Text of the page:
TeksMed – Upcoming and Proposed Changes to the WSIB – And What Employers Need To Do Now

The WSIB’s unfunded liability (UFL) has long been a ticking time bomb in the Ontario economy, threatening employers with potentially unaffordable premium rate increases. Fortunately, much hard work on the policy front and a greatly improved back-to-work program have not only ensured premium rates will not rise in 2017, but they will likely decrease for many employers.

At present, the WSIB is proposing further changes to the program which would see current rating systems (NEER, CAD-7 and MAP) unified into a single system and fall more in line with the way that workers’ compensation programs work in other provinces.

In this article, we will review some of the major changes that will take place within the WSIB in 2017; what some of the proposed changes are; and most importantly – what employers should be doing now to prepare.

What the WSIB Will Look Like in 2017

For many years, the Board struggled with an enormous UFL which soared to a massive $14.2 B in 2011. Since that time, the UFL has been cut by more than half to its current level of $5.6 B. This reduction will allow greater flexibility both to serve injured workers and to reduce the premiums that employers pay for WSIB. This will amount to an additional $250 M which will remain in the Ontario economy[1].

In 2017, employers (province wide), will see an average decrease in premiums of 5% – the first premium decrease since 2001[2]. Although many industries will not be among those attaining the decrease, it is nevertheless good news that their rates will remain stable after years of steady increases. The only industries that will see rate increases in 2017 will be municipalities and paramedics due to presumptive PTSD legislation.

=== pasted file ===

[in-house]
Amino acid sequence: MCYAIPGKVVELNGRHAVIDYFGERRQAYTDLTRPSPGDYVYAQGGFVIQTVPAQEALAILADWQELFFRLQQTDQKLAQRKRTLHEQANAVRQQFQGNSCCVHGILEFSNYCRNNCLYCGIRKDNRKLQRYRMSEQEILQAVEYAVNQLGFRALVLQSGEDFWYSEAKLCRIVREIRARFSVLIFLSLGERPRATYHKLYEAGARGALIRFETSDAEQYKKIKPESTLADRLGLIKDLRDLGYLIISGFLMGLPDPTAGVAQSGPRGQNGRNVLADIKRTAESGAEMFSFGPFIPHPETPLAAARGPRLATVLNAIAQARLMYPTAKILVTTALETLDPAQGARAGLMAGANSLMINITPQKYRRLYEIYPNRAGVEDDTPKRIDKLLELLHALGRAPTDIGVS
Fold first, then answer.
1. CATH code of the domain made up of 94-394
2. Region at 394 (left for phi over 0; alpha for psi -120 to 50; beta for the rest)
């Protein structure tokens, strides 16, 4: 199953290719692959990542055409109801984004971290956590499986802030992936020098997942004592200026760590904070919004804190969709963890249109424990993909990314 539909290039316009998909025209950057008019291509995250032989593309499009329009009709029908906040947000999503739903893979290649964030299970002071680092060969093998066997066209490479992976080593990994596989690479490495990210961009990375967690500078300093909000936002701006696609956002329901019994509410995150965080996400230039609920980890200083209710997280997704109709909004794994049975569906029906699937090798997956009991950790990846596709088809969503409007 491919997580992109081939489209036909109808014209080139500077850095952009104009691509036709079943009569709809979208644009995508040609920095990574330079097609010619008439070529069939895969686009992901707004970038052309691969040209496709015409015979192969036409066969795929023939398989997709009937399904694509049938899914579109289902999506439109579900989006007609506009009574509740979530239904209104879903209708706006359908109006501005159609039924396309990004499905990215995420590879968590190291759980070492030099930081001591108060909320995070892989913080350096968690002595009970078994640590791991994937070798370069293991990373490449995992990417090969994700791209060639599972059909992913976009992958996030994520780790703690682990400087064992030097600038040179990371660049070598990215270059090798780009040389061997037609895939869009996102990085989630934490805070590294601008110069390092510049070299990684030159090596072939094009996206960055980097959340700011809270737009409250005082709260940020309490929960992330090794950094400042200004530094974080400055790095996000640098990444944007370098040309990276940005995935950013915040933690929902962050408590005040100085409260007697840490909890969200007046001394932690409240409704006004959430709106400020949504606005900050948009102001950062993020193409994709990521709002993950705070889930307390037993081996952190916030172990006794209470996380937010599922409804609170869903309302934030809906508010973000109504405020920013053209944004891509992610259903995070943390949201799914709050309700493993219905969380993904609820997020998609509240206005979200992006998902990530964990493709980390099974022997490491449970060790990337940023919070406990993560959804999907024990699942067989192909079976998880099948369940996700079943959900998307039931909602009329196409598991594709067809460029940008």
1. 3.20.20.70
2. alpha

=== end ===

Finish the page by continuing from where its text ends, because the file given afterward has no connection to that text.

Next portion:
What the WSIB Could Look Like in 2019

The WSIB is currently proposing further changes that would modernize the system. The primary change surrounds employer experience ratings – employers would be rated on their individual experience.

The Board is proposing a six-year review window with the most recent three years to be weighted more heavily than the first three years in the window. Therefore, premiums for 2019 would be calculated using experience ratings from 2012-2017.

What Employers Need to do Now

Although the proposed changes are a few years away, it is important for employers to be informed and act now in order to take full advantage of the changes; and it all starts with ensuring that claims are being managed properly.

If you are an employer, we encourage you to review your claims sooner than later. It is important to take a look at your historical and current experience, evaluate your processes and procedures to ensure that you are in the best position possible when the new system comes into effect.

While it may seem like an overwhelming task, the good news is that it is a task that will pay off; and even better news – it is a task that you do not have to do alone.

For additional information or a consultation, you can engage the help of the experts by contacting TeksMed at 1-877-850-1021.

[1] News release: WSIB Announces First Premium Rate Reduction Since 2001 – (Sept 14, 2016)http://ow.ly/iqzl305prNL

[2] WSIB: 2017 Premium Rateshttp://ow.ly/JM83305psgk

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